Thursday, July 28, 2011

Book Review: Breaking the Spell

Several years ago, I read both The God Delusion, and God is Not Great, by Richard Dawkins and Christopher Hitchens respectively.  At the time, I did not know that those two authors, because those books, were regarded as part of the Four Horsemen of the Apocalypse, otherwise known as the New Atheists (or Gnu Atheists, because it is different).  The other two Horsemen are Sam Harris for The End of Failth, and Dan Dennett for Breaking the Spell.

Breaking the Spell is subtitled, "Religion as Natural Phenomenon."  Basically, Dennett argues that religion is nothing more than a byproduct of the growth of human beings.  Religion is really nothing more than a byproduct of cultural evolution rather than a supernatural force.  The Breaking the Spell comes from the fact that, until recently, talking about how religion is false is taboo and that, out of respect for religion, we should not burst the faithful's bubble, or, break their spell.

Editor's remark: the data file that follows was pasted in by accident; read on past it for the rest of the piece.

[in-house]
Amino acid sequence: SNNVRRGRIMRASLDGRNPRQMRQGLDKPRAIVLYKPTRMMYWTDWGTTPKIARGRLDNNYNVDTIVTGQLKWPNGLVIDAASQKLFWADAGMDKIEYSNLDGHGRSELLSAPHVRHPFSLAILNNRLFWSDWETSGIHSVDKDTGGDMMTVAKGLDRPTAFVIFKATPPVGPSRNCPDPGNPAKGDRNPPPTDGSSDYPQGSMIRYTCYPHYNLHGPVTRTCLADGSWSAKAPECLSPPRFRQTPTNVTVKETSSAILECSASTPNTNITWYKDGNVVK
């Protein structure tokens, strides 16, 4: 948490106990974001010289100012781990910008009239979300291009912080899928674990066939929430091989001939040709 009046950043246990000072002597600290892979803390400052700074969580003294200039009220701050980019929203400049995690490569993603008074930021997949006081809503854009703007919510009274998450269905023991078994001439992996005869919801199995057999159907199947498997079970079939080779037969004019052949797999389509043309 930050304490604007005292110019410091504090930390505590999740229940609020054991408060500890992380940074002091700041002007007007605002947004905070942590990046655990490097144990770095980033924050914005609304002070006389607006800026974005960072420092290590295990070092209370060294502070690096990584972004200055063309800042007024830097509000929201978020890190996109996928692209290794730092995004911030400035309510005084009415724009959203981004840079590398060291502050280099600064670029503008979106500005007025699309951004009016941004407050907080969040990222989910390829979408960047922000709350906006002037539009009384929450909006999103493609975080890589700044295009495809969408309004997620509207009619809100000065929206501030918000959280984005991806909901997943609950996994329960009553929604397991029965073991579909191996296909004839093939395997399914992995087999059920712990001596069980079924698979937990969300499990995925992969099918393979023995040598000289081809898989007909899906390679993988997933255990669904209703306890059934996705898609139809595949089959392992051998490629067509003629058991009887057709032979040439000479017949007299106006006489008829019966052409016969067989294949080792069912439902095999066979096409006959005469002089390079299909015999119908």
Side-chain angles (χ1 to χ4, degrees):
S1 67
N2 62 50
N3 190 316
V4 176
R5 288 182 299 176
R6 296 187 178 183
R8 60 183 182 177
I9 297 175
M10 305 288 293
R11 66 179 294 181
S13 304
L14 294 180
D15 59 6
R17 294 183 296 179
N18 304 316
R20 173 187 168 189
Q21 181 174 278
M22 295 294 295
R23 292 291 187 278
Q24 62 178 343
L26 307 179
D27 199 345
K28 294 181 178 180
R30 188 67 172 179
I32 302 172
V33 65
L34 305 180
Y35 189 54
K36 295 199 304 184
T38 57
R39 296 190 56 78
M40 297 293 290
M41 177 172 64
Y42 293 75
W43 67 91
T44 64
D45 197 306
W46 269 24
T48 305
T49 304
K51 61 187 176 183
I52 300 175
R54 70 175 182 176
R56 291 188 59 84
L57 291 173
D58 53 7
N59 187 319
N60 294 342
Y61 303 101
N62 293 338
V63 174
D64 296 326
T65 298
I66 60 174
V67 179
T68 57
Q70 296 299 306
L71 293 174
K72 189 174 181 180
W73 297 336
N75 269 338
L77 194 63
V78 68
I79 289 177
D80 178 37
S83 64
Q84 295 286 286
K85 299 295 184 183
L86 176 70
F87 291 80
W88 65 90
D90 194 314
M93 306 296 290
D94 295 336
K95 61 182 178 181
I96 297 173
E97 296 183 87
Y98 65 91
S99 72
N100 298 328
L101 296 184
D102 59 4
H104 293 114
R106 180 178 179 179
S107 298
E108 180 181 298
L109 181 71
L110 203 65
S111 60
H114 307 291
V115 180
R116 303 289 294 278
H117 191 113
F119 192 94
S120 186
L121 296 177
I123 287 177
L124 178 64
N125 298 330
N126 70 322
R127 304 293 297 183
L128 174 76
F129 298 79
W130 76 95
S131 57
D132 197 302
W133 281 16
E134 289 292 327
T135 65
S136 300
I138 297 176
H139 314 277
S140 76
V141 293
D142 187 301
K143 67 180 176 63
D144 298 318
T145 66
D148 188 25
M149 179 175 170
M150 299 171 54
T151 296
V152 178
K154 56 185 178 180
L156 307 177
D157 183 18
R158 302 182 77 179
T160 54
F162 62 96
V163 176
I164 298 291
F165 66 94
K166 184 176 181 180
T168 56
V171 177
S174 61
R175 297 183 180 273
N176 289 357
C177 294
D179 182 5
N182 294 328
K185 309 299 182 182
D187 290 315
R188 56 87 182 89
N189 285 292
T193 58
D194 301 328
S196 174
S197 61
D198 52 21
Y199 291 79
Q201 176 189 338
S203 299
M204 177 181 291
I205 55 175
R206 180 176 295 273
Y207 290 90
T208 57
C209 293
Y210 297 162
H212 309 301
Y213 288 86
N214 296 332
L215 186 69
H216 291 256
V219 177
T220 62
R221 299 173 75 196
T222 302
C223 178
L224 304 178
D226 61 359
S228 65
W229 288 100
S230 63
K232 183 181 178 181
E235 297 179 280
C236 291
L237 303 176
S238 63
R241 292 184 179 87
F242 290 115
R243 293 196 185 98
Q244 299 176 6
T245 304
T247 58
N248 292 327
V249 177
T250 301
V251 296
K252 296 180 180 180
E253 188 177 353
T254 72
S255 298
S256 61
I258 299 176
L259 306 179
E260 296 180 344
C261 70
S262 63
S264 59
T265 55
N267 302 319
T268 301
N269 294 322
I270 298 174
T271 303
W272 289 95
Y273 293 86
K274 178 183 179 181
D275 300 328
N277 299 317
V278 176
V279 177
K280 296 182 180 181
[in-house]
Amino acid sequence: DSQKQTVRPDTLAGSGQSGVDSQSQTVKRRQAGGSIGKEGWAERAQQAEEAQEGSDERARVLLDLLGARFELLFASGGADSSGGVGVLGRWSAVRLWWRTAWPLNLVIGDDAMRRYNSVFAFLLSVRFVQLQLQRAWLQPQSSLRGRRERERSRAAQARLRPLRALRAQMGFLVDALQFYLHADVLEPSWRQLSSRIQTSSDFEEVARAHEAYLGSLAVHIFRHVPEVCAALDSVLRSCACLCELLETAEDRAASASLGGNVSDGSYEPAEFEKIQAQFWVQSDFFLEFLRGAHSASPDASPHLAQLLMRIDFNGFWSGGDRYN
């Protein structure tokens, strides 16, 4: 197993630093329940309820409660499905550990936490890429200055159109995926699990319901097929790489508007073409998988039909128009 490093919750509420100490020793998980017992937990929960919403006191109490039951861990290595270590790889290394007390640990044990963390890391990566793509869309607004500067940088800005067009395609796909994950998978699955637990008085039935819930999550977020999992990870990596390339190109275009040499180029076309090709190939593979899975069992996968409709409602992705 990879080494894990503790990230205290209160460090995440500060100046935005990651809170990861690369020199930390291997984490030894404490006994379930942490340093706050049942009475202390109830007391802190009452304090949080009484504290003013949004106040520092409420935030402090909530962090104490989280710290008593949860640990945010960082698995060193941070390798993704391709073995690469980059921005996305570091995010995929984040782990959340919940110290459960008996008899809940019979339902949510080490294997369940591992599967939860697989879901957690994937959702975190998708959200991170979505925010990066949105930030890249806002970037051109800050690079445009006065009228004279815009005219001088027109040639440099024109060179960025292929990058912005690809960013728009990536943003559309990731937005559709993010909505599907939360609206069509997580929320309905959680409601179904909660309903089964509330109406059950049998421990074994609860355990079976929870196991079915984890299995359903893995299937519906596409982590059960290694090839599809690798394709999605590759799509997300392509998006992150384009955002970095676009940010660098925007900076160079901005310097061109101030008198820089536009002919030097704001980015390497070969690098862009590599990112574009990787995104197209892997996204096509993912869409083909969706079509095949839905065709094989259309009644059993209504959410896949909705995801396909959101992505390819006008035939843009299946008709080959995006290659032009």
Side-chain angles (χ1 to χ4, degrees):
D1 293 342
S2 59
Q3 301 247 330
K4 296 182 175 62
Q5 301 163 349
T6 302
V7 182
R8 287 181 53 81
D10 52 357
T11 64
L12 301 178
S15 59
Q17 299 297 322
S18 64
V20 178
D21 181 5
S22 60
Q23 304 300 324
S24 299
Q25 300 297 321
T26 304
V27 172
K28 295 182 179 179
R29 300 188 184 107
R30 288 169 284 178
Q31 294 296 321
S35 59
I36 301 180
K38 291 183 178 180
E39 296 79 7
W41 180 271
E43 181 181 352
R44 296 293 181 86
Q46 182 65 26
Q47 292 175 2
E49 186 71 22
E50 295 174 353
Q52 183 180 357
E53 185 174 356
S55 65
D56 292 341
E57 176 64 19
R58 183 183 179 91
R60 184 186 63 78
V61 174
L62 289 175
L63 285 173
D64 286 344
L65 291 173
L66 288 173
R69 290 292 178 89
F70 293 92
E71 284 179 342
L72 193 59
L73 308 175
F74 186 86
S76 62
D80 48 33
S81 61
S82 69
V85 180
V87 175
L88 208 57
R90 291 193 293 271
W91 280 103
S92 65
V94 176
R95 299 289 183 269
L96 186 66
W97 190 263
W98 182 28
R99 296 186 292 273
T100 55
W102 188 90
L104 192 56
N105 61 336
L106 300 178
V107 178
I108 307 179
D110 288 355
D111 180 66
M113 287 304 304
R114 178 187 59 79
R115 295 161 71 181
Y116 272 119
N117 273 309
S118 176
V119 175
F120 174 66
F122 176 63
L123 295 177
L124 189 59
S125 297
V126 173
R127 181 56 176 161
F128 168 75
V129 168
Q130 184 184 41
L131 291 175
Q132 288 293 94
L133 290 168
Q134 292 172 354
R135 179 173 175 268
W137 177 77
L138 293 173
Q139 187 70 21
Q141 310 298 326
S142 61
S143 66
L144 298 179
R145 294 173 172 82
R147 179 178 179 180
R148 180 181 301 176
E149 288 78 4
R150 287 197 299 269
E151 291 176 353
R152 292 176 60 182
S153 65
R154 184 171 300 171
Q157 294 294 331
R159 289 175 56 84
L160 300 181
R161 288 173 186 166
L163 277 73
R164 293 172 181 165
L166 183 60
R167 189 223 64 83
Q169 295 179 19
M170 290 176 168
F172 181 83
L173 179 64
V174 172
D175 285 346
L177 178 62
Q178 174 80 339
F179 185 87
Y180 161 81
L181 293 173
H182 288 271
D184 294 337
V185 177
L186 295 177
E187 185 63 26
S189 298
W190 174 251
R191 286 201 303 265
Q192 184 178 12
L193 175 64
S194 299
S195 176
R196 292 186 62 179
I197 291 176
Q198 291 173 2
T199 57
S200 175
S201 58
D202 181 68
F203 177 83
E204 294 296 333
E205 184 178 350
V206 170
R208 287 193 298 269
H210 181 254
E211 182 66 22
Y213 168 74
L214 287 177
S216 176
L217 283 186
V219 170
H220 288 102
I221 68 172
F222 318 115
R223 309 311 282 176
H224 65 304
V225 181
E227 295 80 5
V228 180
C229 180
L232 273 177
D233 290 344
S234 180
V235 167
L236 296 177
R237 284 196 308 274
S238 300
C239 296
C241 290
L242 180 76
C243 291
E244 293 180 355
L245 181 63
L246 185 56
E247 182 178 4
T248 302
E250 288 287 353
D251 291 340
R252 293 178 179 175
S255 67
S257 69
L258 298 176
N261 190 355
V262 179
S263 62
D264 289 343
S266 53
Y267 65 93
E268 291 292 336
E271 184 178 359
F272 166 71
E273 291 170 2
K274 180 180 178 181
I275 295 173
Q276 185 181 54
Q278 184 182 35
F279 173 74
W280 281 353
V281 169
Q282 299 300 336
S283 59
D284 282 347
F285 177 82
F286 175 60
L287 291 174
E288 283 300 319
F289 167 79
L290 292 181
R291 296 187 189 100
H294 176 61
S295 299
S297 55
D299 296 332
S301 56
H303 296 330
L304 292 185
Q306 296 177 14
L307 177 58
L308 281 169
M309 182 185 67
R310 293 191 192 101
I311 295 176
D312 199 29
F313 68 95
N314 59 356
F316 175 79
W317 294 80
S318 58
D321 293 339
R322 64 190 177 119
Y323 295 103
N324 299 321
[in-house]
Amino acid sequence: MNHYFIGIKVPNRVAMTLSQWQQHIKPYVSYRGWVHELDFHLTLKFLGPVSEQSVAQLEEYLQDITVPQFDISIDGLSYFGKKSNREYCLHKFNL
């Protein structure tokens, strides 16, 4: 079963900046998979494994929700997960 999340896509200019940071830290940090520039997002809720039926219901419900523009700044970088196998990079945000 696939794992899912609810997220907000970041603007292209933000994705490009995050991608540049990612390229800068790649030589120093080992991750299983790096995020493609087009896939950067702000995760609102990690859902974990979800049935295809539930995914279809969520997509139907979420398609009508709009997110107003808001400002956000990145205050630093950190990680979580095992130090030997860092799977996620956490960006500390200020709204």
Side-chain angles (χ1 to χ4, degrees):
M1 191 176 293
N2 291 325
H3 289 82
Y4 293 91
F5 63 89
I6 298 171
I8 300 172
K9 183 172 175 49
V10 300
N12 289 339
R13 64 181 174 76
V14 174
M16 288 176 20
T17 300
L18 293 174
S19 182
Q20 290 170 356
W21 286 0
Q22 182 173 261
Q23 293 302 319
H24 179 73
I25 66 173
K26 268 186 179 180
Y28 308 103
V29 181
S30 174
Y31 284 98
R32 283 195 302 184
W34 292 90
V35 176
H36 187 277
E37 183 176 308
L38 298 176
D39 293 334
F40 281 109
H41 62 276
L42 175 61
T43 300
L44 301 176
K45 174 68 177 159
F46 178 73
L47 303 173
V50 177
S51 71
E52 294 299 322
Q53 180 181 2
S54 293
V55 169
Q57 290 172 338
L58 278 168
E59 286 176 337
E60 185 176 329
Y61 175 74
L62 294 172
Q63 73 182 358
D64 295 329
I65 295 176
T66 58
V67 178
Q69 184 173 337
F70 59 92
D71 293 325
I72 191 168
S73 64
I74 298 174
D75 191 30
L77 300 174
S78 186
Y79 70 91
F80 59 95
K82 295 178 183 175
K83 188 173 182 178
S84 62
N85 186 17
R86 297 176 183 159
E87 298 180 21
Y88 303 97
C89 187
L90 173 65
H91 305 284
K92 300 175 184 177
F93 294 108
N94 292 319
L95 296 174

Dennett is a philosopher, and I did find comprehension of many parts of the book to be tough going, but, if you take the time to really comprehend what you are reading, the arguments are clear and concise.  He takes you through a journey of psychological, anthropological, and cultural research on what is religion, how it came to be, and how it continues to hold value for some many.

One of the many fascinating discussions in the book as to do with belief in God versus belief in the belief in God and how those differ and how important they are to hold of religion on so many.

If you are interested in understanding theories of how religion came to be and how it continues its grasp on billions of people, then you will want to read this book.  Dennett is not afraid of asking questions that will make most people of faith quite squeamish to hear the answer to.

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